7. Creating fake online profiles that convince employees who do their due diligence on an unknown caller or email sender that the person is legitimate and can be trusted.
As of 2023, there were 1.4 million FTC reports of identity theft, with an estimated total loss of $10.2 billion.
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Millennials age 30-39 are the most common victim of identity theft. However, there have been several cases involving loans and lines of credit in the name of 8-year-old children, which cost families $1 billion a year.
To protect your employees and your organization from identity theft, remind your employees of these cybersecurity best practices:
1. Do not provide personal or confidential corporate information over the phone or on a website unless you are sure of the recipient’s credibility.
2. Make sure that websites hosting online forms use https:// and have a green lock icon in the URL field. This prefix indicates that the website is secure.
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3. Choose strong passwords to protect access to your online accounts and change your passwords regularly. When possible, enable two-factor authentication.
4. Limit the amount of personal information you share on social networks. Cybercriminals use sites like LinkedIn, Twitter, Instagram, and Facebook to learn details about you and your employer and use this to trick you into trusting them.
6. Safely dispose of and shred documents containing personal, company and confidential information. Do not store these documents in an easily accessible place.
7. Always confirm caller ID before providing information over the phone. Don’t be shy about asking the caller multiple questions to confirm their identity.
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8. When in doubt, delete the email or text message and do not answer phone calls from unknown numbers and callers.
10. Do not give your date of birth, mailing address, maiden name, salary, or academic credentials to unwanted callers, texters or e-mailers.
A phishing simulation is key to raising awareness of how identity theft occurs. Phishing is one of the main cyber attack tactics used by cyber criminals to gain access to personal and confidential information.
Phishing simulations help you monitor phishing tactics and identify employees at risk of cybercrime that relies on social engineering.
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Real-time phishing simulations are a quick and effective way to educate people and increase levels of awareness of phishing and other cyber attack tactics. People see firsthand how their actions can put them at risk for identity theft and identity fraud.
Your employees are your organization’s first line of defense against data breaches and hacks, identity theft and identity fraud.
Phishing simulations are critical to equipping employees with the skills and knowledge necessary to identify cyber attack tactics and protect themselves and their organization from identity theft.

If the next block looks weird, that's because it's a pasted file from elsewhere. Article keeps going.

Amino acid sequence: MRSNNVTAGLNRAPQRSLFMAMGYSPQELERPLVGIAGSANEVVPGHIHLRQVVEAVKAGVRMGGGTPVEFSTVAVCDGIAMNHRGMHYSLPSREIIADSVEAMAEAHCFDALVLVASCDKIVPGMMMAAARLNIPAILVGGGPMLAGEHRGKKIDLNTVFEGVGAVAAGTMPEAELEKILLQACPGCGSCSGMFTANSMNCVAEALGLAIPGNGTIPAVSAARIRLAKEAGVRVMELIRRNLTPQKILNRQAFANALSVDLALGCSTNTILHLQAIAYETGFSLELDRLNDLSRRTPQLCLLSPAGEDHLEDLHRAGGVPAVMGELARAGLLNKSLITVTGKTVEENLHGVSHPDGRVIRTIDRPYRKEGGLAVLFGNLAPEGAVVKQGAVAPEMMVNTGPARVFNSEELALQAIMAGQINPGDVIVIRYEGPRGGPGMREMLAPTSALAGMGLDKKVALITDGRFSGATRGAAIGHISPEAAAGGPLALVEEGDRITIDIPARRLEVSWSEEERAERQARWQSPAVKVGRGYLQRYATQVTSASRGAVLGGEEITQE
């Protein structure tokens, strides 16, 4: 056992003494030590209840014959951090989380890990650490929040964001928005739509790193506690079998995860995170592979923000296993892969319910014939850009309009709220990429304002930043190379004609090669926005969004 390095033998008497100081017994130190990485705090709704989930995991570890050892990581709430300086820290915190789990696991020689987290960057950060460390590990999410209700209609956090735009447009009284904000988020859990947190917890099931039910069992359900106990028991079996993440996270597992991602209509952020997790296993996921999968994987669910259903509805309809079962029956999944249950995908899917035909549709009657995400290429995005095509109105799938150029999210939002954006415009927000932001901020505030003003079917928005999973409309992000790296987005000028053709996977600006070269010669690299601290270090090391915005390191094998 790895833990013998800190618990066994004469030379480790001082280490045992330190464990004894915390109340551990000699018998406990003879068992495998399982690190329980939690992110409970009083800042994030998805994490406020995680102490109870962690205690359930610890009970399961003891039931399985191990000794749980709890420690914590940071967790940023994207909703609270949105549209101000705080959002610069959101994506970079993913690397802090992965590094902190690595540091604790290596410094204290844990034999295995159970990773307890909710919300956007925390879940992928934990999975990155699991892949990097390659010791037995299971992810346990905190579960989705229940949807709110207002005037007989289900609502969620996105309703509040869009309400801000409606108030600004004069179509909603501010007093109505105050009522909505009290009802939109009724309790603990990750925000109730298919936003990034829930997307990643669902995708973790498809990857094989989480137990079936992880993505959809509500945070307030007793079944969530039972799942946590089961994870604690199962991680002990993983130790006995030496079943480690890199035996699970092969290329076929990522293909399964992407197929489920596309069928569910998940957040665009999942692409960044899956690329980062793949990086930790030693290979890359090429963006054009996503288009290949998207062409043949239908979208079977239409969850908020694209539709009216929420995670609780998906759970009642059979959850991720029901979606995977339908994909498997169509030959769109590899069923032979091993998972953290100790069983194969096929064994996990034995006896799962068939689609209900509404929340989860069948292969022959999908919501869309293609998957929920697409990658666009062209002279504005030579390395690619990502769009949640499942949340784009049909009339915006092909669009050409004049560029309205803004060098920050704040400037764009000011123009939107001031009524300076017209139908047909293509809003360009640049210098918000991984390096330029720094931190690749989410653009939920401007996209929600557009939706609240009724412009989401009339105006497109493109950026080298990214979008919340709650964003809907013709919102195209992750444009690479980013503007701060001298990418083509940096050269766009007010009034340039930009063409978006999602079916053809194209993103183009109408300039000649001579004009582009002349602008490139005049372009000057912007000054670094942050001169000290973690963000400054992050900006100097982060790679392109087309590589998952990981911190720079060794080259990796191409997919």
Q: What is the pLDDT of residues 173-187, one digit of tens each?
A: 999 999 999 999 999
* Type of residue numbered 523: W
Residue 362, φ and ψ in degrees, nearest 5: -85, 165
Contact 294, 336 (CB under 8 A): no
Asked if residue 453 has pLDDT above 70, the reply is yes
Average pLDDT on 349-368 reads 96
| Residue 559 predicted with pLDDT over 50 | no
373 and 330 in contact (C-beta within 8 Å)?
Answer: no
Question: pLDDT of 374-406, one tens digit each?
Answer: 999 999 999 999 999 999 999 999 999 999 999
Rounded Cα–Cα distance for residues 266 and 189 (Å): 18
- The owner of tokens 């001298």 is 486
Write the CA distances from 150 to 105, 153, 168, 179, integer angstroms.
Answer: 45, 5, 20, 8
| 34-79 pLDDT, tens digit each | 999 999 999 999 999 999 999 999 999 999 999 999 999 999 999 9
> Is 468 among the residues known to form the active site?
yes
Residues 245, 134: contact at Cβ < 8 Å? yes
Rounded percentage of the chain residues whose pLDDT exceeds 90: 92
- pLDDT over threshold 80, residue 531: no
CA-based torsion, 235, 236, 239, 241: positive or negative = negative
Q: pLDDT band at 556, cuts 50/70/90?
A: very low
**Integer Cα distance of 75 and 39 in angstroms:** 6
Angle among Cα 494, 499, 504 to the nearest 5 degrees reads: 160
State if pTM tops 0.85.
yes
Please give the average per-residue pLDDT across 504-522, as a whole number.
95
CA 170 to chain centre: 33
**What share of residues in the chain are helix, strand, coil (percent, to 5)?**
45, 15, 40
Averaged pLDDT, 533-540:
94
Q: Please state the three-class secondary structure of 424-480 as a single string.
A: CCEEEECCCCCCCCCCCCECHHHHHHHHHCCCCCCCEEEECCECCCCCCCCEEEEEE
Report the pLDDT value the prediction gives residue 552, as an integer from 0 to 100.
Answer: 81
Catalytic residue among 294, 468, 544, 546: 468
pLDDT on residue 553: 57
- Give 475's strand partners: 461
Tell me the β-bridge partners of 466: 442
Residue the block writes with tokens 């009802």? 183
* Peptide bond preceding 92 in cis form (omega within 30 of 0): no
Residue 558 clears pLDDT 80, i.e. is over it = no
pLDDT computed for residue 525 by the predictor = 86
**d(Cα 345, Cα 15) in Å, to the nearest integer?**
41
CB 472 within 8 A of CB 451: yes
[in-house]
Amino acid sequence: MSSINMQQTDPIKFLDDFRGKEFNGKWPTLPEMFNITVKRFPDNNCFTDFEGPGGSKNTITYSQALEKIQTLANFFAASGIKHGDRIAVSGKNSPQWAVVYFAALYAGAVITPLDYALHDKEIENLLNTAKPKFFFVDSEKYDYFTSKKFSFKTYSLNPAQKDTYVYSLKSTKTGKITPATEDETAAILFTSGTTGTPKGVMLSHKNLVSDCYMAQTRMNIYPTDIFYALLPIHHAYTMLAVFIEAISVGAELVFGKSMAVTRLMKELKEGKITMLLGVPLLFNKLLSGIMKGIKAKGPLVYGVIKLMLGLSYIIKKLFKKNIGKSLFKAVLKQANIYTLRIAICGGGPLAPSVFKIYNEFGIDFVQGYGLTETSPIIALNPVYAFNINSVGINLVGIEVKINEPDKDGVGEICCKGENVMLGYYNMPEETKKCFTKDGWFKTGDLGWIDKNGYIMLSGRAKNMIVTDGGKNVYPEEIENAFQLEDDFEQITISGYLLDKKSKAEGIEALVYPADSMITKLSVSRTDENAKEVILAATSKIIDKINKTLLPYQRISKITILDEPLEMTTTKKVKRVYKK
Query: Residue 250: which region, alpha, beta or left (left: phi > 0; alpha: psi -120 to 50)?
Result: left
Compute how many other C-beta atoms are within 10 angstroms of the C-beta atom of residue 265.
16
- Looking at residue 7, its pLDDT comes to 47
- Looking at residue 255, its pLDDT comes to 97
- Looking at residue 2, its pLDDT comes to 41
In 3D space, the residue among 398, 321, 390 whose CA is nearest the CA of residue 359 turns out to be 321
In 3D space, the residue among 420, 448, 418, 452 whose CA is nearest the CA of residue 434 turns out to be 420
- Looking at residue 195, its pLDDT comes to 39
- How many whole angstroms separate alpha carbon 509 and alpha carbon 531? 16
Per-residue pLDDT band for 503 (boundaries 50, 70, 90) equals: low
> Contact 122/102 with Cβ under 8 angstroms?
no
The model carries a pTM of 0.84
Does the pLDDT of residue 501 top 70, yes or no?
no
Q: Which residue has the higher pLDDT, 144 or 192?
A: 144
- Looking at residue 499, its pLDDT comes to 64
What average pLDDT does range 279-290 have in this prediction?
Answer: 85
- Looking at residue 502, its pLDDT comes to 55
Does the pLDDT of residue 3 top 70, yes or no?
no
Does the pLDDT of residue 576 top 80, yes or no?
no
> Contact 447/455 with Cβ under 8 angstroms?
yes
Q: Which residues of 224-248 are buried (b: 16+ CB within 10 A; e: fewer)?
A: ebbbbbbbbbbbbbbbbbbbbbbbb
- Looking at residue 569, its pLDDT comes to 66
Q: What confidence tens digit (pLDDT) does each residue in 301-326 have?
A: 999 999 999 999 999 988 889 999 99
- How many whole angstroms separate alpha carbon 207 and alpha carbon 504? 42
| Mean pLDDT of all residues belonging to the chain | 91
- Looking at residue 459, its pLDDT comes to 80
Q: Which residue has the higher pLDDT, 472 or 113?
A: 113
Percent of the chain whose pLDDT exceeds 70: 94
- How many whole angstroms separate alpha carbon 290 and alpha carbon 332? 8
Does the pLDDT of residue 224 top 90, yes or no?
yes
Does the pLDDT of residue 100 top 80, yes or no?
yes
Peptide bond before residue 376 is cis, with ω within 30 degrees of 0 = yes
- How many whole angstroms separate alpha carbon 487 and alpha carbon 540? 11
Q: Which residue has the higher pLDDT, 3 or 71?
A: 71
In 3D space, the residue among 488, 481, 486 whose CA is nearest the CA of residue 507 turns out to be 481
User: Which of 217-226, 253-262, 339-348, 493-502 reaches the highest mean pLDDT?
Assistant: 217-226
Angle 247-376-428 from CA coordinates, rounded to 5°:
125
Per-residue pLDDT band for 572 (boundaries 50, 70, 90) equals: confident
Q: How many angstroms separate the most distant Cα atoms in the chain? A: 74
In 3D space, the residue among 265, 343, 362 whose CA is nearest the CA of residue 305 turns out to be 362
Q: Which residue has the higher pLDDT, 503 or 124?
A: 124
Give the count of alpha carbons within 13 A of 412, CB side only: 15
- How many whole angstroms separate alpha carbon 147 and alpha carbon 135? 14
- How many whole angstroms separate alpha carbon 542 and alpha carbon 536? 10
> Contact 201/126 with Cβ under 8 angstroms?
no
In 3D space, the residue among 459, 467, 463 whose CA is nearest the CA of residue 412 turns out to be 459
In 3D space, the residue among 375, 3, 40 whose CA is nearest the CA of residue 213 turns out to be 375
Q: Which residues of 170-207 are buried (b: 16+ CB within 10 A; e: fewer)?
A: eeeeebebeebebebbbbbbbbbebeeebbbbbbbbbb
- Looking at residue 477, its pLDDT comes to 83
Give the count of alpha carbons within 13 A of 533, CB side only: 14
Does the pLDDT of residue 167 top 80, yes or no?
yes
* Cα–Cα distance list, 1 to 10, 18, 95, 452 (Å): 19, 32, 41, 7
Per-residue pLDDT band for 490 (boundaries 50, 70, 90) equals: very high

6. To make people aware of how easy it is to be tricked into providing personal and confidential information.
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1. Delayed arrival of bills and financial statements. This type of delay could indicate that cybercriminals have changed your account’s mailing address or are stealing from your mailbox.
2. Unexpected calls from creditors about fees and unpaid balances on current accounts or accounts and charges you have not made.
3. Confirmation of a new account from a bank, credit card company, or online business you are not associated with.
There is no limit to what cybercriminals will do with your stolen identity. Always verify bank, credit card and utility statements for unusual charges and activities.
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If you find yourself a victim of identity theft, number one – don’t worry. Cybercriminals are looking for signs that you are panicking and may contact you pretending to be an agency that can help you recover from identity theft.
Do not contact any unauthorized providers who claim they can help you resolve the issue. Instead, if you are a victim of identity theft:
To learn more about identity theft and how you can protect your organization and people, take advantage of these cybersecurity awareness resources: Identity fraud losses in 2020 totaled $56 billion (USD). This figure represents a grand total of $13 billion for traditional identity fraud (down 21% from 2019) and $43 billion for identity fraud scams. This rampant growth can be attributed to criminals increasingly targeting consumers directly with scams to gain easy access to a cache of personally identifiable information (PII) that enables them to assume a consumer’s identity. It is important to distinguish between the two emerging types of identity fraud attack vectors that criminals have used in 2020 and will likely continue to use.
The main findings of the annual report show a significant increase in identity fraud scams and loan fraud. Identity fraud has evolved rapidly through unique societal changes related to innovation, the worldwide Covid-19 Pandemic, and criminal tactics targeting both corporate and consumer targets.